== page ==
Undermining Affordability and Access to Higher Education

An “On the Issues” Post from the Campaign for the Future of Higher Education [http://futureofhighered.org]

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A recent report from the New America Foundation highlights one important way access to higher education is closing down for low-income students. Even after Pell grants are factored in, the net cost of college for many of these students is still rising at an unacceptable rate.

Factors driving this trend are evident in the recent history of Baylor University, an institution that has “rebranded” itself, improved its ranking in college ratings, and upped the average SAT score of its students.

While more and more scholarship money at Baylor is going to affluent students to attract them, lower-income Pell recipient students are suffering from the effects of this shift: the average net price for Baylor students from families making $30,000 or less is now $21,370.

Unfortunately, as the report details, Baylor is not an outlier.

In fact, at hundreds of colleges, students have to pay at least half their families’ yearly earnings to attend–even after Pell grants and other scholarships.

While the increasing costs for low-income students caused by shifting scholarship money to “merit” programs and away from needs-based programs is most pronounced at private institutions, public colleges and universities, the report emphasizes, are also affected.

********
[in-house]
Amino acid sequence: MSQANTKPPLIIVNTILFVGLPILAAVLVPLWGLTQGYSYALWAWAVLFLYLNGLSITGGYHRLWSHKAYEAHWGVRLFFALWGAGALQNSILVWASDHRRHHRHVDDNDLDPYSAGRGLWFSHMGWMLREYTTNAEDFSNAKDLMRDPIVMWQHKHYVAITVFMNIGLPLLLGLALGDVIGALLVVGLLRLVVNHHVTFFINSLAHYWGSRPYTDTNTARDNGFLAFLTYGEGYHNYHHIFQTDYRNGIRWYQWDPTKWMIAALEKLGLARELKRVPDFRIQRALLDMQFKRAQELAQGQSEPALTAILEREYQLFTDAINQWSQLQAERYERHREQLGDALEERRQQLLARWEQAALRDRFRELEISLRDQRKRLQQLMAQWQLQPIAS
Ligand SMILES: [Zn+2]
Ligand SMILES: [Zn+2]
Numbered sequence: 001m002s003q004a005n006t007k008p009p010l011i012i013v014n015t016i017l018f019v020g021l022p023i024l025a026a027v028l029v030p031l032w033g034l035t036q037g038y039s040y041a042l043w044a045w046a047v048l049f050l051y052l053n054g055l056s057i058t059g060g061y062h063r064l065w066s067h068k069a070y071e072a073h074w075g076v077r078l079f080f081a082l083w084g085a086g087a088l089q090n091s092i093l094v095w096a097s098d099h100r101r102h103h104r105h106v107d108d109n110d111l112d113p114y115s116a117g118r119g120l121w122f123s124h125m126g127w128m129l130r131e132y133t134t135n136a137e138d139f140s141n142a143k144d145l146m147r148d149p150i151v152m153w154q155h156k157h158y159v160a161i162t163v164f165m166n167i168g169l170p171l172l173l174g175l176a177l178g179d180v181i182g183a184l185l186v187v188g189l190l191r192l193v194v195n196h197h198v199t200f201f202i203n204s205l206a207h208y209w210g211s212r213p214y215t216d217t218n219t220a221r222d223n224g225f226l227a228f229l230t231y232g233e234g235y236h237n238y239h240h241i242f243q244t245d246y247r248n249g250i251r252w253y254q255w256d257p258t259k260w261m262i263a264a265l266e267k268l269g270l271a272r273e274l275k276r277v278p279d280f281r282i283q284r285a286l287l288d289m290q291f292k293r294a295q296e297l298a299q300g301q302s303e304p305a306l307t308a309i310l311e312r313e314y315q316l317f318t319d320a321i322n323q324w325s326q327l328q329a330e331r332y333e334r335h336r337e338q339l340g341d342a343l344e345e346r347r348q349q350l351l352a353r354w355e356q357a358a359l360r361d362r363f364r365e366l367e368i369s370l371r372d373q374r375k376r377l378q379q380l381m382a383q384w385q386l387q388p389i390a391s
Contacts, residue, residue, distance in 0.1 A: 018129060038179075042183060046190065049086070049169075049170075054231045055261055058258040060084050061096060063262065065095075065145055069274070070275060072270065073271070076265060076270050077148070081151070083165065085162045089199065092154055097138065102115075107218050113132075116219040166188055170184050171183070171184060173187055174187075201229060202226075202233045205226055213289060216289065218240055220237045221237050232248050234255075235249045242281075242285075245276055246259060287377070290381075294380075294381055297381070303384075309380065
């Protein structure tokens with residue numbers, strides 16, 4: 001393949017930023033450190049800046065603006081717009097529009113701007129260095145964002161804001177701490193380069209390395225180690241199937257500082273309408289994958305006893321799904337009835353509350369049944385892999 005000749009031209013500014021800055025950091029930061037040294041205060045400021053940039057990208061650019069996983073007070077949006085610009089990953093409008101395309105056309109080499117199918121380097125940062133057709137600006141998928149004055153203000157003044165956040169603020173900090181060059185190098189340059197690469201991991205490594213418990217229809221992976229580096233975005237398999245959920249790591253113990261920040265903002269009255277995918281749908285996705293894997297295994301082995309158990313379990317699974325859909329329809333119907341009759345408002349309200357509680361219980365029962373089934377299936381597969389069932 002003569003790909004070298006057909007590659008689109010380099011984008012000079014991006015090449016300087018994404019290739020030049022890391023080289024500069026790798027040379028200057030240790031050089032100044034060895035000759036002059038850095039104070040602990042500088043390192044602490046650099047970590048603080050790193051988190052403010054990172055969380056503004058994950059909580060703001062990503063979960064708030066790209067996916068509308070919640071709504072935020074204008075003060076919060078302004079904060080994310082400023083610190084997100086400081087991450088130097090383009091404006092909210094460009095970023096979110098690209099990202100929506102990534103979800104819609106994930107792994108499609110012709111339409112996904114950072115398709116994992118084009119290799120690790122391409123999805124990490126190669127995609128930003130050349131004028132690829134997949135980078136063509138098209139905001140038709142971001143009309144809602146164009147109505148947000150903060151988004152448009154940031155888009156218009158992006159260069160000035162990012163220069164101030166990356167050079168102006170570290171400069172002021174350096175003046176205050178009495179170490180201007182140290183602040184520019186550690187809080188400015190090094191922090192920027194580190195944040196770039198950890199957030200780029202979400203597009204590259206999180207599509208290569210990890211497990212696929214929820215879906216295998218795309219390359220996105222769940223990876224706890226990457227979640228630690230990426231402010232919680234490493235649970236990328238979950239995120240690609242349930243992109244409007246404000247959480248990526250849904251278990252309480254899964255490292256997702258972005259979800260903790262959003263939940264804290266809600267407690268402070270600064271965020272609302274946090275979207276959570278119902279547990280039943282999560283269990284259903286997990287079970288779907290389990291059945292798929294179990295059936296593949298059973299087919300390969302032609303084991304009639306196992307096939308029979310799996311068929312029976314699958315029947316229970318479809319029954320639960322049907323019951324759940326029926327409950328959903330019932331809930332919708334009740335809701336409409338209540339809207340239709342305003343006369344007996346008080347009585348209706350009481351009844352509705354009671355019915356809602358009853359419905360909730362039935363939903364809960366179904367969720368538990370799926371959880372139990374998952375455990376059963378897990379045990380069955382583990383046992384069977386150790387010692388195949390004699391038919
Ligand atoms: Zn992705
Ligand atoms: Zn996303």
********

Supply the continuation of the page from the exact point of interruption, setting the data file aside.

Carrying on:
At a time when access to higher education is touted as a national goal, we need more honest assessment of the price we pay for failing to provide adequate public funding for higher education; and we need more action to change the national and state priorities driving these trends.

For suggestions on mechanisms to improve funding for higher education, see an earlier series of papers produced by CFHE titled “Funding Higher Education: The Search for Possibilities.”

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Previous “On the Issues” Posts are available at the CFHE website or here:

“MOOCs, Pearson, and Profits”: https://academeblog.org/2013/05/01/moocs-pearson-and-profits/

“The Cold Facts about Higher Education and Contingent Faculty Appointments”: https://academeblog.org/2013/05/07/the-cold-facts-about-higher-education-and-contingent-faculty-appointments/

“More Bad Ideas on Higher Education from Florida”: https://academeblog.org/2013/05/09/more-bad-ideas-on-higher-education-from-florida/

“Who Needs a Liberal Education These Days?”: https://academeblog.org/2013/05/10/who-needs-a-liberal-education-these-days/

“Who Says College Can’t Be Free?”: https://academeblog.org/2013/06/07/who-says-college-cant-be-free/

“MOOCs: Are They about Access or Money?”: https://academeblog.org/2013/06/08/moocs-are-they-about-access-or-money/

“Adjunct Faculty Need Far Treatment in the Implementation of the New Healthcare Law”:  https://academeblog.org/2013/06/28/adjunct-faculty-need-fair-treatment-in-implementation-of-the-new-federal-healthcare-law/

“The ‘Business Model’ for Higher Education”: https://academeblog.org/2013/07/01/the-business-model-for-higher-education/